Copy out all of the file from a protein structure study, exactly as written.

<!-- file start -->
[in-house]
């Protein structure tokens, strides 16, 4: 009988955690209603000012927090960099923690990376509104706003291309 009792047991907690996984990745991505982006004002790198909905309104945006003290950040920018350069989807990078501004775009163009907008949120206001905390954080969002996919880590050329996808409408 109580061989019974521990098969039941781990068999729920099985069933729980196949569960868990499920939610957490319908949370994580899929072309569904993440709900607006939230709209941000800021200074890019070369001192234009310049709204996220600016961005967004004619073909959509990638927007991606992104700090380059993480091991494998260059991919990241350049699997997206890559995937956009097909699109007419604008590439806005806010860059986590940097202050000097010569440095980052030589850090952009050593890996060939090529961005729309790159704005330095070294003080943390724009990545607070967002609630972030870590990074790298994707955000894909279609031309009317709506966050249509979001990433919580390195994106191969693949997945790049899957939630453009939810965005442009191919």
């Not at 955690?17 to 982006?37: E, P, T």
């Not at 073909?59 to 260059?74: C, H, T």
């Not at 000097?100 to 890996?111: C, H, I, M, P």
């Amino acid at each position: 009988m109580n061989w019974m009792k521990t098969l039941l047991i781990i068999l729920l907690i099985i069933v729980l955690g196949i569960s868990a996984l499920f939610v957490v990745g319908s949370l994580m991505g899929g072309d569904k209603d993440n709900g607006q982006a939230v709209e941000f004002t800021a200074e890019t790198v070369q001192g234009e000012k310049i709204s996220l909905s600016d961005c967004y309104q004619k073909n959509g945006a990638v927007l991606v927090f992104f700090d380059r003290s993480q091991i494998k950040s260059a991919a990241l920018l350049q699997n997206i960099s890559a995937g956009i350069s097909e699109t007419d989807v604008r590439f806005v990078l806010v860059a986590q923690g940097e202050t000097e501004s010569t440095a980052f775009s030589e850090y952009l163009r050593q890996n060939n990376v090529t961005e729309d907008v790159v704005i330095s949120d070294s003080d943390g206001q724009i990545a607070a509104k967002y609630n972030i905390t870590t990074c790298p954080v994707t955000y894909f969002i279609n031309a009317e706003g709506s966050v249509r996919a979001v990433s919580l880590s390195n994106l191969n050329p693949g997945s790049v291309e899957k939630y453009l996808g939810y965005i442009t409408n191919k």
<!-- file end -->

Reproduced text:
[in-house]
């Protein structure tokens, strides 16, 4: 009988955690209603000012927090960099923690990376509104706003291309 009792047991907690996984990745991505982006004002790198909905309104945006003290950040920018350069989807990078501004775009163009907008949120206001905390954080969002996919880590050329996808409408 109580061989019974521990098969039941781990068999729920099985069933729980196949569960868990499920939610957490319908949370994580899929072309569904993440709900607006939230709209941000800021200074890019070369001192234009310049709204996220600016961005967004004619073909959509990638927007991606992104700090380059993480091991494998260059991919990241350049699997997206890559995937956009097909699109007419604008590439806005806010860059986590940097202050000097010569440095980052030589850090952009050593890996060939090529961005729309790159704005330095070294003080943390724009990545607070967002609630972030870590990074790298994707955000894909279609031309009317709506966050249509979001990433919580390195994106191969693949997945790049899957939630453009939810965005442009191919």
């Not at 955690?17 to 982006?37: E, P, T």
């Not at 073909?59 to 260059?74: C, H, T």
């Not at 000097?100 to 890996?111: C, H, I, M, P």
């Amino acid at each position: 009988m109580n061989w019974m009792k521990t098969l039941l047991i781990i068999l729920l907690i099985i069933v729980l955690g196949i569960s868990a996984l499920f939610v957490v990745g319908s949370l994580m991505g899929g072309d569904k209603d993440n709900g607006q982006a939230v709209e941000f004002t800021a200074e890019t790198v070369q001192g234009e000012k310049i709204s996220l909905s600016d961005c967004y309104q004619k073909n959509g945006a990638v927007l991606v927090f992104f700090d380059r003290s993480q091991i494998k950040s260059a991919a990241l920018l350049q699997n997206i960099s890559a995937g956009i350069s097909e699109t007419d989807v604008r590439f806005v990078l806010v860059a986590q923690g940097e202050t000097e501004s010569t440095a980052f775009s030589e850090y952009l163009r050593q890996n060939n990376v090529t961005e729309d907008v790159v704005i330095s949120d070294s003080d943390g206001q724009i990545a607070a509104k967002y609630n972030i905390t870590t990074c790298p954080v994707t955000y894909f969002i279609n031309a009317e706003g709506s966050v249509r996919a979001v990433s919580l880590s390195n994106l191969n050329p693949g997945s790049v291309e899957k939630y453009l996808g939810y965005i442009t409408n191919k």